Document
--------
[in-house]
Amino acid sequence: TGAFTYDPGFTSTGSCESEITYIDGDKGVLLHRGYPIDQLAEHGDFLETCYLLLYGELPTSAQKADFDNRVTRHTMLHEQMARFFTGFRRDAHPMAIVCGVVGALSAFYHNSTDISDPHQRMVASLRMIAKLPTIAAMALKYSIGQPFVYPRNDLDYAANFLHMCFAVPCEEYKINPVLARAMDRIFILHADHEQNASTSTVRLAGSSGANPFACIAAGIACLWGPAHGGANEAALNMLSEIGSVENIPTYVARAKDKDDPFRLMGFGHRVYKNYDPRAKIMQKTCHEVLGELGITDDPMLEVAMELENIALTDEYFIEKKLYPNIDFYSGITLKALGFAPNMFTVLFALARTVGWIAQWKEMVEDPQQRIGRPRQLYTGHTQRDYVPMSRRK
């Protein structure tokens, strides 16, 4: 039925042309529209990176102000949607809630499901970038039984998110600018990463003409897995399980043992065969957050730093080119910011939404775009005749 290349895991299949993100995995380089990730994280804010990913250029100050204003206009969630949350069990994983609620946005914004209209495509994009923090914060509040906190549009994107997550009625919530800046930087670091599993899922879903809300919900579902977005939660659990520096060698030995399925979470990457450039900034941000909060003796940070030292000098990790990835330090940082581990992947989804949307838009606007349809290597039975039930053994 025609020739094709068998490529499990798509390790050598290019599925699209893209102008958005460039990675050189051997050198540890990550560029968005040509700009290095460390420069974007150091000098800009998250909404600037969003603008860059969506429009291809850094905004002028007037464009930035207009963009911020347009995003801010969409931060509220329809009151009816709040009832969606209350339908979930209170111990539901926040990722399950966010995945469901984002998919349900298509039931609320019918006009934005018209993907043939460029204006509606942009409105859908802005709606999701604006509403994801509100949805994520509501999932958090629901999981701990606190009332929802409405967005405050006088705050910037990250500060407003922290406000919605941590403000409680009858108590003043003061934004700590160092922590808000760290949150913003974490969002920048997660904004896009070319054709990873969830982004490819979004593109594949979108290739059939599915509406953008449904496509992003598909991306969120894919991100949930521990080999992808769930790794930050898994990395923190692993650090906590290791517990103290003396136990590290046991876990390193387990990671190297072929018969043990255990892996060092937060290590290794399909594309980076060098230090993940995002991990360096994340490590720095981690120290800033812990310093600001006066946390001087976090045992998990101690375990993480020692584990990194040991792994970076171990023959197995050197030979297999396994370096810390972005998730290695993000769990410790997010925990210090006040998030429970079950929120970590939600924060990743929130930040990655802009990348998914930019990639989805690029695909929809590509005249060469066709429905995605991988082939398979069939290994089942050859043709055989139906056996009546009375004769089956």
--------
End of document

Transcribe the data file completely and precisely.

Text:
[in-house]
Amino acid sequence: TGAFTYDPGFTSTGSCESEITYIDGDKGVLLHRGYPIDQLAEHGDFLETCYLLLYGELPTSAQKADFDNRVTRHTMLHEQMARFFTGFRRDAHPMAIVCGVVGALSAFYHNSTDISDPHQRMVASLRMIAKLPTIAAMALKYSIGQPFVYPRNDLDYAANFLHMCFAVPCEEYKINPVLARAMDRIFILHADHEQNASTSTVRLAGSSGANPFACIAAGIACLWGPAHGGANEAALNMLSEIGSVENIPTYVARAKDKDDPFRLMGFGHRVYKNYDPRAKIMQKTCHEVLGELGITDDPMLEVAMELENIALTDEYFIEKKLYPNIDFYSGITLKALGFAPNMFTVLFALARTVGWIAQWKEMVEDPQQRIGRPRQLYTGHTQRDYVPMSRRK
């Protein structure tokens, strides 16, 4: 039925042309529209990176102000949607809630499901970038039984998110600018990463003409897995399980043992065969957050730093080119910011939404775009005749 290349895991299949993100995995380089990730994280804010990913250029100050204003206009969630949350069990994983609620946005914004209209495509994009923090914060509040906190549009994107997550009625919530800046930087670091599993899922879903809300919900579902977005939660659990520096060698030995399925979470990457450039900034941000909060003796940070030292000098990790990835330090940082581990992947989804949307838009606007349809290597039975039930053994 025609020739094709068998490529499990798509390790050598290019599925699209893209102008958005460039990675050189051997050198540890990550560029968005040509700009290095460390420069974007150091000098800009998250909404600037969003603008860059969506429009291809850094905004002028007037464009930035207009963009911020347009995003801010969409931060509220329809009151009816709040009832969606209350339908979930209170111990539901926040990722399950966010995945469901984002998919349900298509039931609320019918006009934005018209993907043939460029204006509606942009409105859908802005709606999701604006509403994801509100949805994520509501999932958090629901999981701990606190009332929802409405967005405050006088705050910037990250500060407003922290406000919605941590403000409680009858108590003043003061934004700590160092922590808000760290949150913003974490969002920048997660904004896009070319054709990873969830982004490819979004593109594949979108290739059939599915509406953008449904496509992003598909991306969120894919991100949930521990080999992808769930790794930050898994990395923190692993650090906590290791517990103290003396136990590290046991876990390193387990990671190297072929018969043990255990892996060092937060290590290794399909594309980076060098230090993940995002991990360096994340490590720095981690120290800033812990310093600001006066946390001087976090045992998990101690375990993480020692584990990194040991792994970076171990023959197995050197030979297999396994370096810390972005998730290695993000769990410790997010925990210090006040998030429970079950929120970590939600924060990743929130930040990655802009990348998914930019990639989805690029695909929809590509005249060469066709429905995605991988082939398979069939290994089942050859043709055989139906056996009546009375004769089956």